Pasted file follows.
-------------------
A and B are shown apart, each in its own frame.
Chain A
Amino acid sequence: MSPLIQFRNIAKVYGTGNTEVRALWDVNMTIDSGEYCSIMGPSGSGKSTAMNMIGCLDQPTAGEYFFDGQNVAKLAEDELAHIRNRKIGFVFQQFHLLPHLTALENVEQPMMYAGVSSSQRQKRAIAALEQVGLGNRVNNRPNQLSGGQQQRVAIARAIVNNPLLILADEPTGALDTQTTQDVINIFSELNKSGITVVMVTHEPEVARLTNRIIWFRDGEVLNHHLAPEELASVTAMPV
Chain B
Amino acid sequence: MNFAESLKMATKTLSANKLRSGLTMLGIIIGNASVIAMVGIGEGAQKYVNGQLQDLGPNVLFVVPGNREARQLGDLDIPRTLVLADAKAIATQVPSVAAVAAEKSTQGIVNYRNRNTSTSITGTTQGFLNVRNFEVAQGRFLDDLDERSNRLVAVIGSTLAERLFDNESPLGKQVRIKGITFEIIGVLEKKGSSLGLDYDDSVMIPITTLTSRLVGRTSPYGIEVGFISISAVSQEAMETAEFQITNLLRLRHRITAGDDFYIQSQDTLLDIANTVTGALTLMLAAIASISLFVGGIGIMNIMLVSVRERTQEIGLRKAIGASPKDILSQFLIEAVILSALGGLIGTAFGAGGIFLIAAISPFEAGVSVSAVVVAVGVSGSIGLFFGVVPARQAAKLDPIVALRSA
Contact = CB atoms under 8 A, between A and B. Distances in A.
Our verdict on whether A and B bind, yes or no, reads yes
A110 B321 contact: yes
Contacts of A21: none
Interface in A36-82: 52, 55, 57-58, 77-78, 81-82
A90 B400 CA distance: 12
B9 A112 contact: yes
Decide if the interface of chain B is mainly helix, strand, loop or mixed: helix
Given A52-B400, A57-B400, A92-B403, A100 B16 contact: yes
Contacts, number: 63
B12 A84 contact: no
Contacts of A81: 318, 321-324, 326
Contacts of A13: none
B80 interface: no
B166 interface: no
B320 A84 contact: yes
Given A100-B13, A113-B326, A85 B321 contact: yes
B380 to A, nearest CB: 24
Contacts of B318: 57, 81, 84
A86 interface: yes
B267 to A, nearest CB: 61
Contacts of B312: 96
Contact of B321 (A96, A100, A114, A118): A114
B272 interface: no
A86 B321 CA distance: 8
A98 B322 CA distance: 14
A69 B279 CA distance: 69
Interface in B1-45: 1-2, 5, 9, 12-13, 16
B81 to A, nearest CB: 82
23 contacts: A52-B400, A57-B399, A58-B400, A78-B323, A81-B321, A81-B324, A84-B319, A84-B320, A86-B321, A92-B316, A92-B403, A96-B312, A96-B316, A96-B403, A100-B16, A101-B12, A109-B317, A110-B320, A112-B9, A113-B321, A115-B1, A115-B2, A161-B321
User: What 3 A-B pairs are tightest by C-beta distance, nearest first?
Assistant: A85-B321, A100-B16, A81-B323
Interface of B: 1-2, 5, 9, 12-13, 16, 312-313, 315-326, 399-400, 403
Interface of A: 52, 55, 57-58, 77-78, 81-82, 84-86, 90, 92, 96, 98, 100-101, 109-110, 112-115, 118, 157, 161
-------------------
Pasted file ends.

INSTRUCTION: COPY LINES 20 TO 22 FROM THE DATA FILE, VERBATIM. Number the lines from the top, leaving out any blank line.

B166 interface: no
B320 A84 contact: yes
Given A100-B13, A113-B326, A85 B321 contact: yes